Ok, summary of costumes. Lots of superheroes. Mostly Batman, a scattering of Superman and Green Lantern, a number of Batgirls. Some Marvel heroes, mostly Iron Man. There was a Hulk and a Wolverine without claws. We saw some Oz costumes, 3 Dorothys, one Wicked Witch and one Glinda. A number of M&Ms. Lots of ninjas, but thankfully not as many Scream masks this year. I grew to hate them last year. There was one clever Scream mask, a scarecrow scream. If I'd seen more than one I would have gotten annoyed at it, but I only saw the one.

A lot of kids recognized Eric as a teacher this year. Last year at this time he'd only been teaching in the district for a few weeks. This year he's been at it a full year and was familiar to a lot more students. Eric had to remind a few kids that the Hallowe'en 'magic words' are not "Hey, Mister Gjovaag!" but "Trick or Treat!"

Every once in awhile when a kid said "Trick or Treat" we'd ask them for a trick. This stumped most of them, and amused me to no end. After all, Hallowe'en has become a sanitized version of its former self thanks to the candy aspect, and today's kids don't even know why the saying is "Trick or Treat" or what kind of a threat it is.

More than a few teenagers, and some younger, showed up at the door without a costume. We'd have them come up with a costume on the spot. I suggested that one was a lawyer, and he took it up immediately. Another one I suggested librarian, and she reluctantly decided that was ok. I'll just say I was amused.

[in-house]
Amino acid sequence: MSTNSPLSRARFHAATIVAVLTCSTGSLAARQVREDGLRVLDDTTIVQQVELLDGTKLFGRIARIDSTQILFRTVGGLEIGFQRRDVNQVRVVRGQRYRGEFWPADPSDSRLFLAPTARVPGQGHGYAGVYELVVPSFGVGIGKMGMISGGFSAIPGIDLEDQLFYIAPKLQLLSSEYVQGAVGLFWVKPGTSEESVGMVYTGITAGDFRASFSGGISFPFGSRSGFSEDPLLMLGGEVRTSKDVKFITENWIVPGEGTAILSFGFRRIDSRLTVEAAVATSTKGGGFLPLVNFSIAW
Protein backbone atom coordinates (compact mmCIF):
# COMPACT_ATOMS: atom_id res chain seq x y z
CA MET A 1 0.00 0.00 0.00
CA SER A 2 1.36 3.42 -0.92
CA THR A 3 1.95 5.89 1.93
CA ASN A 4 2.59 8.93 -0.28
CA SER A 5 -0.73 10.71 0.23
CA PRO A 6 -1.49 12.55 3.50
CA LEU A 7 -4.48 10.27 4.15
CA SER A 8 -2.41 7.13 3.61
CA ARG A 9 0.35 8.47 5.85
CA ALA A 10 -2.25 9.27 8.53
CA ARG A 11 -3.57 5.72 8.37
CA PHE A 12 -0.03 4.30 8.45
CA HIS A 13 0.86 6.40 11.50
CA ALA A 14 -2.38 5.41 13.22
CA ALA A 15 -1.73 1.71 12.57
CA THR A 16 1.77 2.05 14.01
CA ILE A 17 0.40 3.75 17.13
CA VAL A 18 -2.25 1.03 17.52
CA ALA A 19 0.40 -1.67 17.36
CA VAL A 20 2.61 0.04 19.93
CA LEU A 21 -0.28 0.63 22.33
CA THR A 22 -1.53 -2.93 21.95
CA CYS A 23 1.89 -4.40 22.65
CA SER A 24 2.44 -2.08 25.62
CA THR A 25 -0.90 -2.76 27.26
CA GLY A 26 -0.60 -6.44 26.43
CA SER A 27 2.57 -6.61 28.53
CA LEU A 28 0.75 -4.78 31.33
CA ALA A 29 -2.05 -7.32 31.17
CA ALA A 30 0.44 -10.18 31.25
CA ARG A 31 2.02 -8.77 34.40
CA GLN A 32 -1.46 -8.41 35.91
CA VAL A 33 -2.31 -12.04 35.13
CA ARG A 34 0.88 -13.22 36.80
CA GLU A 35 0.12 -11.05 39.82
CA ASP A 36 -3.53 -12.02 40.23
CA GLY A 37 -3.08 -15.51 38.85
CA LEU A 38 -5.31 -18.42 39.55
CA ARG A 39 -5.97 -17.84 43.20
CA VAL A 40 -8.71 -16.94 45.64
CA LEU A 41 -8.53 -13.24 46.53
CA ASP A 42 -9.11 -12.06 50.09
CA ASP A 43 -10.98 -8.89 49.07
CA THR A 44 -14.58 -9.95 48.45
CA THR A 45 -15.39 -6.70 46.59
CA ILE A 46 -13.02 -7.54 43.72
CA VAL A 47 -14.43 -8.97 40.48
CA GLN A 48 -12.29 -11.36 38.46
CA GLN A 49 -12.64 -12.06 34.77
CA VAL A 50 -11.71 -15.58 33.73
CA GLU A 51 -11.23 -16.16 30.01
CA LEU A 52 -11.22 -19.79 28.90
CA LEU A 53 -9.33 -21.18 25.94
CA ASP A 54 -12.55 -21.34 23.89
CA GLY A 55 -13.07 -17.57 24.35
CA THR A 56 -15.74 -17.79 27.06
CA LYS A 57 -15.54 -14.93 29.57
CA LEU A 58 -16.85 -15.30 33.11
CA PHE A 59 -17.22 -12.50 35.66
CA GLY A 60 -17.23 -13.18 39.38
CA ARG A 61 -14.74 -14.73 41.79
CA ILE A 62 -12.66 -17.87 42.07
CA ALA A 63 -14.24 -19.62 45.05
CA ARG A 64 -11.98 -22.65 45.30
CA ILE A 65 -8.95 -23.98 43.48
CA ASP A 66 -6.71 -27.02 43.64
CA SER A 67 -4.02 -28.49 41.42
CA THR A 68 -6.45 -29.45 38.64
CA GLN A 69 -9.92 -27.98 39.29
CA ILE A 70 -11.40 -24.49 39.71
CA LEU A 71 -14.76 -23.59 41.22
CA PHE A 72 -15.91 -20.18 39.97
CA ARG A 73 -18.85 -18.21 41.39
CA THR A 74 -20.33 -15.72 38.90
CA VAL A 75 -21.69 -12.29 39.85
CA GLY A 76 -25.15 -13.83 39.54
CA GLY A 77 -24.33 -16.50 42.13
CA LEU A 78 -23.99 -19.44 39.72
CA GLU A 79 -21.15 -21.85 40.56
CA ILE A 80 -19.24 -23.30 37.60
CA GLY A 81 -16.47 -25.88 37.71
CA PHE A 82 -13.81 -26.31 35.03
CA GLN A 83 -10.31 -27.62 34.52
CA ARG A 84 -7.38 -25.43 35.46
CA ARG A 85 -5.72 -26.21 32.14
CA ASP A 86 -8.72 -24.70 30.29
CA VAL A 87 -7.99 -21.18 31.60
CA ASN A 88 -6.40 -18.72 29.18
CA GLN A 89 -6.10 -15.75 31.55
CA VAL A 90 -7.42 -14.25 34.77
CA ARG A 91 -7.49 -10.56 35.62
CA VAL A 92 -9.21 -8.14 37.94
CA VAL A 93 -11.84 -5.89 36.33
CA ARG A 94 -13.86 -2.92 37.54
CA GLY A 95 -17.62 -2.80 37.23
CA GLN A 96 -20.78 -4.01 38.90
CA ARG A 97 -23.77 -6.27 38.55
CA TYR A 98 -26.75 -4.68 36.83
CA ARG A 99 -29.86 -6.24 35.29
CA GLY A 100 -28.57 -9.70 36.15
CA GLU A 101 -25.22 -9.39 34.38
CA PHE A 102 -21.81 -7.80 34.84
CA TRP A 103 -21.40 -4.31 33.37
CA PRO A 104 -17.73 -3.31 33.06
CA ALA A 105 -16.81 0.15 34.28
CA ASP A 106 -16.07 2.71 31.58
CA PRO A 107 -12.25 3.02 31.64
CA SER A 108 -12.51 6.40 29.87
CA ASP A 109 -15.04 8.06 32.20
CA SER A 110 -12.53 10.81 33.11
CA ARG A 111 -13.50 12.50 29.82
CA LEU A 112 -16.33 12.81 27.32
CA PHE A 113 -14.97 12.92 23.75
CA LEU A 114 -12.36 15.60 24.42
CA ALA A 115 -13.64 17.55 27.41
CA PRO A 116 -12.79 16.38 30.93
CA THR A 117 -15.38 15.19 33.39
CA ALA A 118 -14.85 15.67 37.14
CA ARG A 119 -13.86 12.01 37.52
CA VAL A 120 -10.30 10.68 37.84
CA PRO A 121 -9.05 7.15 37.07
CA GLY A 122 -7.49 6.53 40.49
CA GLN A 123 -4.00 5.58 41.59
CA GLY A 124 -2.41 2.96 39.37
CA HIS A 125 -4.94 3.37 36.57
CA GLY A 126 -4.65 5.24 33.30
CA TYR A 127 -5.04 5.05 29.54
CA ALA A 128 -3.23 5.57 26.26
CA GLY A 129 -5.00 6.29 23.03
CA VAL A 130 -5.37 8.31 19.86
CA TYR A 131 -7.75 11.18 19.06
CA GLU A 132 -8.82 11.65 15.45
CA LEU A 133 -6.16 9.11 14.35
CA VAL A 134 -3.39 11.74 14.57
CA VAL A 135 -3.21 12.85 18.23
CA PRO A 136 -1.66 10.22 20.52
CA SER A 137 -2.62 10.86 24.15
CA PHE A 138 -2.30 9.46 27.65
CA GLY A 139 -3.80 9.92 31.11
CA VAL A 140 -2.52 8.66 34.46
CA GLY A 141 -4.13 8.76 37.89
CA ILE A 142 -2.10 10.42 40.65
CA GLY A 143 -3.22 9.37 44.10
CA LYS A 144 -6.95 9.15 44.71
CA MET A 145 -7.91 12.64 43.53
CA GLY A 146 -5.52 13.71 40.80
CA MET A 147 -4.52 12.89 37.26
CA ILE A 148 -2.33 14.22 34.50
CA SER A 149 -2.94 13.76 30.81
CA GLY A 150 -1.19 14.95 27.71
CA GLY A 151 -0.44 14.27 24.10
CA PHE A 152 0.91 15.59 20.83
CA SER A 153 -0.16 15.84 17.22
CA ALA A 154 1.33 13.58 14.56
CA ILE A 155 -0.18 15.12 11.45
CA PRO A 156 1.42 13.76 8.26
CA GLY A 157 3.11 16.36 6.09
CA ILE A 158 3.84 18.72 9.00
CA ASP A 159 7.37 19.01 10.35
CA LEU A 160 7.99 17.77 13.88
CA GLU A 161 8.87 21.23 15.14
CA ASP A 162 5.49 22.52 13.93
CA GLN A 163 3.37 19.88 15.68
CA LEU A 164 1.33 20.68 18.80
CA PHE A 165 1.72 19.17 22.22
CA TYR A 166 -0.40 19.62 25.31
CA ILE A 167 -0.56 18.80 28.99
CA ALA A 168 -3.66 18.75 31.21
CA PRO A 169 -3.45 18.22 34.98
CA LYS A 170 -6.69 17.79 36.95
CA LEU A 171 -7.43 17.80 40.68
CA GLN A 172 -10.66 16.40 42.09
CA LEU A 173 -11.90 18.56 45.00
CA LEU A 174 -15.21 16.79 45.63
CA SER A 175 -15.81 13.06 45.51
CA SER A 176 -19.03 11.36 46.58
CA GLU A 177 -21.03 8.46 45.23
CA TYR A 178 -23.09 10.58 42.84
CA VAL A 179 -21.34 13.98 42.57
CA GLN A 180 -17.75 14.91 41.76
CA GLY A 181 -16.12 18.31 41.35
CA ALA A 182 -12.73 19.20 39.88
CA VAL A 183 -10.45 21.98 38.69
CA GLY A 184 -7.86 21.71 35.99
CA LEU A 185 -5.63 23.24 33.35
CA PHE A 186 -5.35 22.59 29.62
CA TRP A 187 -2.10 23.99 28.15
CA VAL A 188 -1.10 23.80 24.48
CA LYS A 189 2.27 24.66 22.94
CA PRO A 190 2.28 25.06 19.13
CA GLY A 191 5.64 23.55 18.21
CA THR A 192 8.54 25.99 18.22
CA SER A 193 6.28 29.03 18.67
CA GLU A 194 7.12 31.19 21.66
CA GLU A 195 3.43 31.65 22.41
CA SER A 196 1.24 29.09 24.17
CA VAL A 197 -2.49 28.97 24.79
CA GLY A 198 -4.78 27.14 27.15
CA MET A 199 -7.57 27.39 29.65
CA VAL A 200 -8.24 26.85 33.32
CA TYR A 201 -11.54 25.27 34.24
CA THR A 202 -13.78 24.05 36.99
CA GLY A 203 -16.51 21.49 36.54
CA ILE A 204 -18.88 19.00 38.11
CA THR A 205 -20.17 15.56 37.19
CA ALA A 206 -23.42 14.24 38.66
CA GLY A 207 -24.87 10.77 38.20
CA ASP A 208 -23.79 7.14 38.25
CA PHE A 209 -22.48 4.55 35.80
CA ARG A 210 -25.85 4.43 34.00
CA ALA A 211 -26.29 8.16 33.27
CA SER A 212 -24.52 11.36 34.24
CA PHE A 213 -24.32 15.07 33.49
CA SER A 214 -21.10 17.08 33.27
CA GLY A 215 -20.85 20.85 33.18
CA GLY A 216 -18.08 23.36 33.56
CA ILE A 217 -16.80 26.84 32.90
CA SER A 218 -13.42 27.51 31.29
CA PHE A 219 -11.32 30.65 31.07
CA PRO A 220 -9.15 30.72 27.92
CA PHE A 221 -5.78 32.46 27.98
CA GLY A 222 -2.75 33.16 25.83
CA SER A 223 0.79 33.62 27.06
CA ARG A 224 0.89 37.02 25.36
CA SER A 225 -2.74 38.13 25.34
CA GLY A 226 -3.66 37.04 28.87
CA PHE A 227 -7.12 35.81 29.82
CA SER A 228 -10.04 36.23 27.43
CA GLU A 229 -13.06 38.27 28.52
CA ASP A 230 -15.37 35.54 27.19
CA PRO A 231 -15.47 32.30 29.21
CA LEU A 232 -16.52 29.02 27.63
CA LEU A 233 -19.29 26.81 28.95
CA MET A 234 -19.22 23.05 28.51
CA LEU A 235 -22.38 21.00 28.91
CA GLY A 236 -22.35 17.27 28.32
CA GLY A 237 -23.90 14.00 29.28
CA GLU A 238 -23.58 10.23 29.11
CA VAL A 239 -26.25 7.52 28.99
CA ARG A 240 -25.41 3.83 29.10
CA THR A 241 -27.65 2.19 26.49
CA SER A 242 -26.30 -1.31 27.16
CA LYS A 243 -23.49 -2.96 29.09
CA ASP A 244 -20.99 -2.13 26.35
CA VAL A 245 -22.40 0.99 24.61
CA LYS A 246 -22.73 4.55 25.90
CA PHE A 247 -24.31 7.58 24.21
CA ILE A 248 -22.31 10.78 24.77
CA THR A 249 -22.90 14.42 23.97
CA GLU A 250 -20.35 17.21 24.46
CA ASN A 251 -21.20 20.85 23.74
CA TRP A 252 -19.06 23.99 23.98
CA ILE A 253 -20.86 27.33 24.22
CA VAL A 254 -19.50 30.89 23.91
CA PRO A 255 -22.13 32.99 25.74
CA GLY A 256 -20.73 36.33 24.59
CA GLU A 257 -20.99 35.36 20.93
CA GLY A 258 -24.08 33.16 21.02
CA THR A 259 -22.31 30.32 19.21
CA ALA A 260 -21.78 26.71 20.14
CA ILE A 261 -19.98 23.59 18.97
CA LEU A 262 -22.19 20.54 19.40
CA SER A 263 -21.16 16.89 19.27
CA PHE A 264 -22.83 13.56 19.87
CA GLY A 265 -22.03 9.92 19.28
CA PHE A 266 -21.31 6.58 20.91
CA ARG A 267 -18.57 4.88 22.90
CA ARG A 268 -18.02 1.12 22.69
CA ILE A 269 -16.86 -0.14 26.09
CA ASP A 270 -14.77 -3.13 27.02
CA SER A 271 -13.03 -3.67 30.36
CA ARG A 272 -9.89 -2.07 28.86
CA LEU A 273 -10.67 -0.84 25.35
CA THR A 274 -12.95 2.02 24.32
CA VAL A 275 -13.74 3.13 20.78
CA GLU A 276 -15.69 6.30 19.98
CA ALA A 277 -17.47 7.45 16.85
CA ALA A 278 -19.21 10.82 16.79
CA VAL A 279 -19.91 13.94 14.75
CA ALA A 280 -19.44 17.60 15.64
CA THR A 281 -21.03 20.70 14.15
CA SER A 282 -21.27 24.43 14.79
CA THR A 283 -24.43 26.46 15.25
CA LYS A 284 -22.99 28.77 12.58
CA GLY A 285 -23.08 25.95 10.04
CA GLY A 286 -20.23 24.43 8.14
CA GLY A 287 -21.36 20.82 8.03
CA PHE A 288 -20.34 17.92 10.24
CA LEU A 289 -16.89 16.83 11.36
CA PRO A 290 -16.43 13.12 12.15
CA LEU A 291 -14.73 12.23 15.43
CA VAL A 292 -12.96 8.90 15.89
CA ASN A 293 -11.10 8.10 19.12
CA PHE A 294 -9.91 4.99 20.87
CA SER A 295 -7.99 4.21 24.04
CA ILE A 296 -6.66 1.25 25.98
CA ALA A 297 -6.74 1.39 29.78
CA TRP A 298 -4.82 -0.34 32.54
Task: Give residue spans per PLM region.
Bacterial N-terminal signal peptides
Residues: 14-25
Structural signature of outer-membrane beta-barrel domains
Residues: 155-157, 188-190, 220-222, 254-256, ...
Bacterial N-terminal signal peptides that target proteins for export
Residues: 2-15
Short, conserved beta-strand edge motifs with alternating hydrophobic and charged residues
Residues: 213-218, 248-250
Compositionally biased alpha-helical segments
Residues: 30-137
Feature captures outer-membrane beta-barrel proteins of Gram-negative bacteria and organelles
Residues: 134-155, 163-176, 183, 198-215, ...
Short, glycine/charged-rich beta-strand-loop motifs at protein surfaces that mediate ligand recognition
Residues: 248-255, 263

A number of the little kids had difficulty navigating the step up to the door. Eric suggested we build a ramp. I suggested we build a ramp and have a hand reaching out from the side of it to match our "monster under the house" sign. It would be funny, but a lot of work to make sure it was safe. Probably won't happen.

Well, it's 9 pm. We made it for the first time. We could even leave the lights on longer if we wanted. A little boy just arrived right after 9, one of the late ones for sure. I don't think most kids are going to be out this late now. I'm feeling pretty happy.

I'm going to estimate close to 800 kids. Based on the amount of candy we have left... hrm... possibly a bit more than 800. If those first three bags had as much candy as I suspect they had, maybe as much as 900. But not much more than that.


Roger Owen Green said...

we ran out of candy! My wife was giving out two pieces, rather than one - I was with the Daughter - and we just ran out as the Daughter and I got home. Then some kids followed us to the porch, and those kids we gave my daughter's cache of peanut-containing candies (she's alergic). Then we turned out the lights.

Michael Jones said...

800-900! That's magnificent. When I hear stories of households getting less than 10 kids, it makes me sad. You've cheered me up immensely.

Roger Owen Green said...

Apropos of candy - Halloween Candy Statistics. I got this from my Google Alert (different Roger Green).